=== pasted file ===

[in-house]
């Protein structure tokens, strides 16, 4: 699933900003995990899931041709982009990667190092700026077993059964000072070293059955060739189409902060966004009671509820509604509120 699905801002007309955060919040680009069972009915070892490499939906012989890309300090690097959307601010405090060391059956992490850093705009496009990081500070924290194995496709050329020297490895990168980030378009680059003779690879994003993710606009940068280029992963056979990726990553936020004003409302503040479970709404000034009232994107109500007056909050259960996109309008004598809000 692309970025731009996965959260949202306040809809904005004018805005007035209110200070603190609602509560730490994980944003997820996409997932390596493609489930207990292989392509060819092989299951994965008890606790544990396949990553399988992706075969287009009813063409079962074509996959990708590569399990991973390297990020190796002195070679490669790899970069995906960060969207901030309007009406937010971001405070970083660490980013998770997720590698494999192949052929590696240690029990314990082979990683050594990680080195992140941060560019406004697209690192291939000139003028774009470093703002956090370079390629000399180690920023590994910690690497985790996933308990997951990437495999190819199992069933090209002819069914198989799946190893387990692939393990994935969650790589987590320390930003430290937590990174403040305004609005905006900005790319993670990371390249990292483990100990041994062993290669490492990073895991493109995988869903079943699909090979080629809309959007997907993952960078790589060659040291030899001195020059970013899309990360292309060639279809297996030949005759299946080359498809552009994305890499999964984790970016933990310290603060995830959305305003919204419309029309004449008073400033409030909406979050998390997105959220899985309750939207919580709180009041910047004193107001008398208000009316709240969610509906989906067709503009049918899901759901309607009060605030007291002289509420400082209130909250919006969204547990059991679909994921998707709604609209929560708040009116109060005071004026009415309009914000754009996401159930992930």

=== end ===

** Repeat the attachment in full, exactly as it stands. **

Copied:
[in-house]
């Protein structure tokens, strides 16, 4: 699933900003995990899931041709982009990667190092700026077993059964000072070293059955060739189409902060966004009671509820509604509120 699905801002007309955060919040680009069972009915070892490499939906012989890309300090690097959307601010405090060391059956992490850093705009496009990081500070924290194995496709050329020297490895990168980030378009680059003779690879994003993710606009940068280029992963056979990726990553936020004003409302503040479970709404000034009232994107109500007056909050259960996109309008004598809000 692309970025731009996965959260949202306040809809904005004018805005007035209110200070603190609602509560730490994980944003997820996409997932390596493609489930207990292989392509060819092989299951994965008890606790544990396949990553399988992706075969287009009813063409079962074509996959990708590569399990991973390297990020190796002195070679490669790899970069995906960060969207901030309007009406937010971001405070970083660490980013998770997720590698494999192949052929590696240690029990314990082979990683050594990680080195992140941060560019406004697209690192291939000139003028774009470093703002956090370079390629000399180690920023590994910690690497985790996933308990997951990437495999190819199992069933090209002819069914198989799946190893387990692939393990994935969650790589987590320390930003430290937590990174403040305004609005905006900005790319993670990371390249990292483990100990041994062993290669490492990073895991493109995988869903079943699909090979080629809309959007997907993952960078790589060659040291030899001195020059970013899309990360292309060639279809297996030949005759299946080359498809552009994305890499999964984790970016933990310290603060995830959305305003919204419309029309004449008073400033409030909406979050998390997105959220899985309750939207919580709180009041910047004193107001008398208000009316709240969610509906989906067709503009049918899901759901309607009060605030007291002289509420400082209130909250919006969204547990059991679909994921998707709604609209929560708040009116109060005071004026009415309009914000754009996401159930992930």